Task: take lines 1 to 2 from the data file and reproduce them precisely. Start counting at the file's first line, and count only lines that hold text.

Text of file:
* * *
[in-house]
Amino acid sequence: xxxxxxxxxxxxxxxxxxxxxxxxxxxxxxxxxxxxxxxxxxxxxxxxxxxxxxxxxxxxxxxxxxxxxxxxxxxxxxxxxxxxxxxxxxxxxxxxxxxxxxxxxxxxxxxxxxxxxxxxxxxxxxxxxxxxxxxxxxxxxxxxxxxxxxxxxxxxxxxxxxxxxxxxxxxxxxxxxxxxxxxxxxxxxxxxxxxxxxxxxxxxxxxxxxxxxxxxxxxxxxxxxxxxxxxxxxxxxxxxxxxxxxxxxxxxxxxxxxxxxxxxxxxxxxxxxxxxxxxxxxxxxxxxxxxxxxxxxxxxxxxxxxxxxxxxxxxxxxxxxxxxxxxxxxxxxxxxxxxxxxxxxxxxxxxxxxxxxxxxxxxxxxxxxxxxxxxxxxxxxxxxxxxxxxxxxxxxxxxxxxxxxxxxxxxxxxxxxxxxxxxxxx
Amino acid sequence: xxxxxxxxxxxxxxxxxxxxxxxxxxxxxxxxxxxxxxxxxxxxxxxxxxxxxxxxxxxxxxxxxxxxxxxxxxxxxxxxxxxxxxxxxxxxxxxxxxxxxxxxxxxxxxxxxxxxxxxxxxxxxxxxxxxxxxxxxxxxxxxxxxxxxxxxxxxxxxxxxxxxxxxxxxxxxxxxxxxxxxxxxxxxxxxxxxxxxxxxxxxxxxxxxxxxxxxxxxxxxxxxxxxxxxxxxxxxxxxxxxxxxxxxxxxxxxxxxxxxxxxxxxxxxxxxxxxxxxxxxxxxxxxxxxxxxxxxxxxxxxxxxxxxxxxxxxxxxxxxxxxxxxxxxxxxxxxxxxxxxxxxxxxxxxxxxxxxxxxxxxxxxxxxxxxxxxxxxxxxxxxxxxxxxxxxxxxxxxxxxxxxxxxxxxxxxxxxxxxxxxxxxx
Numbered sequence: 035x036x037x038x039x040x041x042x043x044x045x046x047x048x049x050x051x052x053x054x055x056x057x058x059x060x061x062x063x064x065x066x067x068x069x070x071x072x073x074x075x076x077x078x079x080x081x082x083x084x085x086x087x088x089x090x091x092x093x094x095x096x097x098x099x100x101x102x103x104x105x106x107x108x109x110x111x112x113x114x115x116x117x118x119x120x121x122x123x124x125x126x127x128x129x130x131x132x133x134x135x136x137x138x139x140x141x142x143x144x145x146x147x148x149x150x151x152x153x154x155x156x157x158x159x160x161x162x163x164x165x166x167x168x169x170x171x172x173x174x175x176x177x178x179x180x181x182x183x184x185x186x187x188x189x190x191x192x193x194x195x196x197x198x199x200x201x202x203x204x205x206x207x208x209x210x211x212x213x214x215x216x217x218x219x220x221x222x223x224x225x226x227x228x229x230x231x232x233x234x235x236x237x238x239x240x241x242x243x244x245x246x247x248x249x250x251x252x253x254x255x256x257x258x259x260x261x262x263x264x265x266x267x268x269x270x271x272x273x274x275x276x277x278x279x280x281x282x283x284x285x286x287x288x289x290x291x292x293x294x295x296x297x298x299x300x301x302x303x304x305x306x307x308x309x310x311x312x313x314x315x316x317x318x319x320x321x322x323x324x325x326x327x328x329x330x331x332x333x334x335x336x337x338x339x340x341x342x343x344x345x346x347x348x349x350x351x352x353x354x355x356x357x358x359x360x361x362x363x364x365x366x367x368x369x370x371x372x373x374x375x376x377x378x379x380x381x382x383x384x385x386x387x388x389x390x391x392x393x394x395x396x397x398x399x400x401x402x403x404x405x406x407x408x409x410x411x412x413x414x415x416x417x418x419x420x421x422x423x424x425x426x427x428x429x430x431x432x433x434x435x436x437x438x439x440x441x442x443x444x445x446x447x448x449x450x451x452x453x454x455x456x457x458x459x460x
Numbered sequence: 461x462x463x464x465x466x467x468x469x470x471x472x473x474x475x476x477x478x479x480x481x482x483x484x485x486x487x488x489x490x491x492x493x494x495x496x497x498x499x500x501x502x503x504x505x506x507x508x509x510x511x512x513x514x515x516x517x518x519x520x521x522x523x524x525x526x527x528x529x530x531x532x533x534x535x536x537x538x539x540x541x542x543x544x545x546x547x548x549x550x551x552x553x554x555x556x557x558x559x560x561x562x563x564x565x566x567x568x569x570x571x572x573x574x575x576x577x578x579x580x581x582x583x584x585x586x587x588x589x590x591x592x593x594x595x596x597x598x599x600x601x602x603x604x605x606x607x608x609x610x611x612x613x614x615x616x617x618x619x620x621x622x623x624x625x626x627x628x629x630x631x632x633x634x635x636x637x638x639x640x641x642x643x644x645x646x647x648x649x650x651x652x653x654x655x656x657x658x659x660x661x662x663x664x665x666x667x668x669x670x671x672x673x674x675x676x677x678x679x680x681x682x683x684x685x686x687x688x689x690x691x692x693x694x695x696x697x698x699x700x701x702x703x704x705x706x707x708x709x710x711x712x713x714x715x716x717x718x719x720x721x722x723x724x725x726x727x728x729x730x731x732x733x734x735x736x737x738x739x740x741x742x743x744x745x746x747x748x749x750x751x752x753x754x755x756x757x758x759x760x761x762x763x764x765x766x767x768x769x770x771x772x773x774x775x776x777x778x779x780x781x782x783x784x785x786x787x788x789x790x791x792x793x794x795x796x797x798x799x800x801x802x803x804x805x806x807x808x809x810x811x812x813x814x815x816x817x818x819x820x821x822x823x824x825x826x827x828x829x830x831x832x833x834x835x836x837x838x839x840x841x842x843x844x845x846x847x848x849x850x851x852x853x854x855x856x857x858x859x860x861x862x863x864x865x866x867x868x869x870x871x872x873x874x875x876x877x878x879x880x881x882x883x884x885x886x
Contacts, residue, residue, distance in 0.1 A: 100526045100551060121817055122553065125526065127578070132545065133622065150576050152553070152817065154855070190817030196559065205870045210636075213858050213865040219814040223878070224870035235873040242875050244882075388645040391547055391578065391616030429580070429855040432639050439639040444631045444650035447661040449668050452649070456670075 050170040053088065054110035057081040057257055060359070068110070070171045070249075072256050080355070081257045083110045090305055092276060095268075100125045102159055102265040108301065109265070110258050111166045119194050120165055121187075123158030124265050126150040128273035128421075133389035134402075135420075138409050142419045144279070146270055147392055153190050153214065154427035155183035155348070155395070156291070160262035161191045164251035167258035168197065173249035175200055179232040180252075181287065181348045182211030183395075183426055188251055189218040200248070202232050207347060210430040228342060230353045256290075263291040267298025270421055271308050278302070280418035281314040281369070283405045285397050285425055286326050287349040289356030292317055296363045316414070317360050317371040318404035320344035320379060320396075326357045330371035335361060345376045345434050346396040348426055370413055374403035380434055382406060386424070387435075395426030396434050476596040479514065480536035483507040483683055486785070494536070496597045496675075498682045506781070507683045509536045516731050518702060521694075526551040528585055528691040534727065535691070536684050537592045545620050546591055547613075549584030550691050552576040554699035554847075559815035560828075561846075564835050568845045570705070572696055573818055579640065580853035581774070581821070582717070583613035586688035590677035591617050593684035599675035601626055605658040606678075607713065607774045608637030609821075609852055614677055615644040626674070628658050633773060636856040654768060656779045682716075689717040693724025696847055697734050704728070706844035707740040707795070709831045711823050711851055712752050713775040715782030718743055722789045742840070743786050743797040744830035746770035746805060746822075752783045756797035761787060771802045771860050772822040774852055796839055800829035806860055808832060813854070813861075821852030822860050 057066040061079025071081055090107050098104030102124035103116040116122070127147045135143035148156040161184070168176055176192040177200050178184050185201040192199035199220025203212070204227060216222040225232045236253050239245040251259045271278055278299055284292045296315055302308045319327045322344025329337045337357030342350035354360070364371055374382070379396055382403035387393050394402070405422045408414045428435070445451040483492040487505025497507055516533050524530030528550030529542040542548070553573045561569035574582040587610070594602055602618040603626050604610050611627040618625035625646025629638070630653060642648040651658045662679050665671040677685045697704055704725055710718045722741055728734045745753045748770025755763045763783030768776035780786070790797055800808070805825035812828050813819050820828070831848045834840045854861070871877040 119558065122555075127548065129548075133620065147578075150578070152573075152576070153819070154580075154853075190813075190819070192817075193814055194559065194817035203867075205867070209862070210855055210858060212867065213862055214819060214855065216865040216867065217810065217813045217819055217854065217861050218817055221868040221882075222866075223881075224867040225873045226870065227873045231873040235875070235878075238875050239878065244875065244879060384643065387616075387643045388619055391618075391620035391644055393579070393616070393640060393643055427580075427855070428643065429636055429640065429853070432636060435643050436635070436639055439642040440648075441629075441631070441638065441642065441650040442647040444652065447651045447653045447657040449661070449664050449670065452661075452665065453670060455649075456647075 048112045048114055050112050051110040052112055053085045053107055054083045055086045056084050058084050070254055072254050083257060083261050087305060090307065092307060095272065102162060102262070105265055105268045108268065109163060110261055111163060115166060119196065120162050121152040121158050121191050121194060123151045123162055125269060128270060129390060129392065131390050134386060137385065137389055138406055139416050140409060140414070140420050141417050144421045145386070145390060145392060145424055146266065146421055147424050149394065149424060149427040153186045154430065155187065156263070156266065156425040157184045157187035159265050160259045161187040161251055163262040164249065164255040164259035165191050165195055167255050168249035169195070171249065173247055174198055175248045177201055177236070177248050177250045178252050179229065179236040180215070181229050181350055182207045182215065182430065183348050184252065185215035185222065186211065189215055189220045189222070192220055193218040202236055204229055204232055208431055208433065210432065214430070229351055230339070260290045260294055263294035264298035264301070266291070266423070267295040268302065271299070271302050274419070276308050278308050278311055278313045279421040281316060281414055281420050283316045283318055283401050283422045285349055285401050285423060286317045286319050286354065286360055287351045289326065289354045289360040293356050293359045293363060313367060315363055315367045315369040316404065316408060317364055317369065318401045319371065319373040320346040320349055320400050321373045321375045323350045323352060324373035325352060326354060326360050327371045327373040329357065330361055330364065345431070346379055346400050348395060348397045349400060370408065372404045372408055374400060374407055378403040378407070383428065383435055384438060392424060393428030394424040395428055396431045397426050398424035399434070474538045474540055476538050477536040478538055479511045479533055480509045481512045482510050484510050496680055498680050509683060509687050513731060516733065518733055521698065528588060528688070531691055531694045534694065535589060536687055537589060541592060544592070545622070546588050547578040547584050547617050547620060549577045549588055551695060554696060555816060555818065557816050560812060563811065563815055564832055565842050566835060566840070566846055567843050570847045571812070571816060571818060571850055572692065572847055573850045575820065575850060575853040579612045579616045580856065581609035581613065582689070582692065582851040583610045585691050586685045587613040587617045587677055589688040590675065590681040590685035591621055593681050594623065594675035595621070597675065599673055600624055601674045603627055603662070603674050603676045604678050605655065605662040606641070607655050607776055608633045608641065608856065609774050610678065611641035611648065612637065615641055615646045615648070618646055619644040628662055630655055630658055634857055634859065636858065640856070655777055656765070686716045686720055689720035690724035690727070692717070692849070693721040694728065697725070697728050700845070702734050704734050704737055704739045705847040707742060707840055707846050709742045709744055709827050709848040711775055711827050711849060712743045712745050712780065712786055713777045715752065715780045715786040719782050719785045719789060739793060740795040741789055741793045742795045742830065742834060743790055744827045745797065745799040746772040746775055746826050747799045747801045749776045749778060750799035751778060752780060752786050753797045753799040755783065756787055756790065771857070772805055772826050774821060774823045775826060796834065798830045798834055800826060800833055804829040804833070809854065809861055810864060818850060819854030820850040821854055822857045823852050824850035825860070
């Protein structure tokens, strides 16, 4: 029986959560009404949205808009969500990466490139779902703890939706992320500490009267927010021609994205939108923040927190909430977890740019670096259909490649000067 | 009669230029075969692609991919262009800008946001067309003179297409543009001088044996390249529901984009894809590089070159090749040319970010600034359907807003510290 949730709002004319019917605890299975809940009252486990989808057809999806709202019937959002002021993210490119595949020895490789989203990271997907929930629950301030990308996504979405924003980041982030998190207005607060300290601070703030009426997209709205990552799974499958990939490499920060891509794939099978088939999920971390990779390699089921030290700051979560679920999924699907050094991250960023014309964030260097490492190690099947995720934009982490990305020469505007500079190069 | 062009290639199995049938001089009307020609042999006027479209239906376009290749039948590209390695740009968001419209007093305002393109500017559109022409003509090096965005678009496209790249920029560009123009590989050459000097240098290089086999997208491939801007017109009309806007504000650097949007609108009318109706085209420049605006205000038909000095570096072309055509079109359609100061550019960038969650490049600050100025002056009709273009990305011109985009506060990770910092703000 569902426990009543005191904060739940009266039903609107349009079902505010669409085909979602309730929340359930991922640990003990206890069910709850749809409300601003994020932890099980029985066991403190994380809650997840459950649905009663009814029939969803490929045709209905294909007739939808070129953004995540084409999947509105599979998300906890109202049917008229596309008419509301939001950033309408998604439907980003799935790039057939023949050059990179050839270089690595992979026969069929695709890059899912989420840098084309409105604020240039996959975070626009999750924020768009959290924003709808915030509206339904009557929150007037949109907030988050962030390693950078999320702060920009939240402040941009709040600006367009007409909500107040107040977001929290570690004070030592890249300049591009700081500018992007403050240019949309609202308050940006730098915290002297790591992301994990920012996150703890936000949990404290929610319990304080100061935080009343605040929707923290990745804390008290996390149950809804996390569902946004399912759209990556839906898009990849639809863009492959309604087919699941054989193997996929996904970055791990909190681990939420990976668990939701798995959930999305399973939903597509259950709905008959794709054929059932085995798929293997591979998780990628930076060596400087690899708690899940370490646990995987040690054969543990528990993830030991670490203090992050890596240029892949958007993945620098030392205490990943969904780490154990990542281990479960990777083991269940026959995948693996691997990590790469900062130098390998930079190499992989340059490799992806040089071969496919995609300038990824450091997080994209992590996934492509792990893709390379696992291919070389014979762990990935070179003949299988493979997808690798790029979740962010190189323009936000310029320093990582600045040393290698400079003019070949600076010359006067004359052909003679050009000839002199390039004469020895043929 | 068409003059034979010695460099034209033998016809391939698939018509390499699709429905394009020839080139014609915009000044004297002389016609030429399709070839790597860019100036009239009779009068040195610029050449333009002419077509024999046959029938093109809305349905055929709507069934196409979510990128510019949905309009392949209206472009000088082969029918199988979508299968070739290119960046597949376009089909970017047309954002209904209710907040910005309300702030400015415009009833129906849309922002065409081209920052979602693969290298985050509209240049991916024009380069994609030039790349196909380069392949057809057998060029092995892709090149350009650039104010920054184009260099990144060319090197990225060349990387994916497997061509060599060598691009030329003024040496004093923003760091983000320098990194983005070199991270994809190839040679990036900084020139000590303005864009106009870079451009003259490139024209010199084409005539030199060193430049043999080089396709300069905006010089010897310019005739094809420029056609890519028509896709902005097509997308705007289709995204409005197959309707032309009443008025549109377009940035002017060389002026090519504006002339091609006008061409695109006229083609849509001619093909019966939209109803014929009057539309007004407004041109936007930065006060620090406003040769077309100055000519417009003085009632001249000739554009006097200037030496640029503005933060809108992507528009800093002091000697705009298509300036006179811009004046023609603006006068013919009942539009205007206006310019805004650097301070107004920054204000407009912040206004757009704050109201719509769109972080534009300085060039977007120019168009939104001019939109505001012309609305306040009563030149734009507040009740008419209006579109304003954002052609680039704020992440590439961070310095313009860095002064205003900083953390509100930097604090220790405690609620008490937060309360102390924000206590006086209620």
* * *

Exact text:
[in-house]
Amino acid sequence: xxxxxxxxxxxxxxxxxxxxxxxxxxxxxxxxxxxxxxxxxxxxxxxxxxxxxxxxxxxxxxxxxxxxxxxxxxxxxxxxxxxxxxxxxxxxxxxxxxxxxxxxxxxxxxxxxxxxxxxxxxxxxxxxxxxxxxxxxxxxxxxxxxxxxxxxxxxxxxxxxxxxxxxxxxxxxxxxxxxxxxxxxxxxxxxxxxxxxxxxxxxxxxxxxxxxxxxxxxxxxxxxxxxxxxxxxxxxxxxxxxxxxxxxxxxxxxxxxxxxxxxxxxxxxxxxxxxxxxxxxxxxxxxxxxxxxxxxxxxxxxxxxxxxxxxxxxxxxxxxxxxxxxxxxxxxxxxxxxxxxxxxxxxxxxxxxxxxxxxxxxxxxxxxxxxxxxxxxxxxxxxxxxxxxxxxxxxxxxxxxxxxxxxxxxxxxxxxxxxxxxxxxx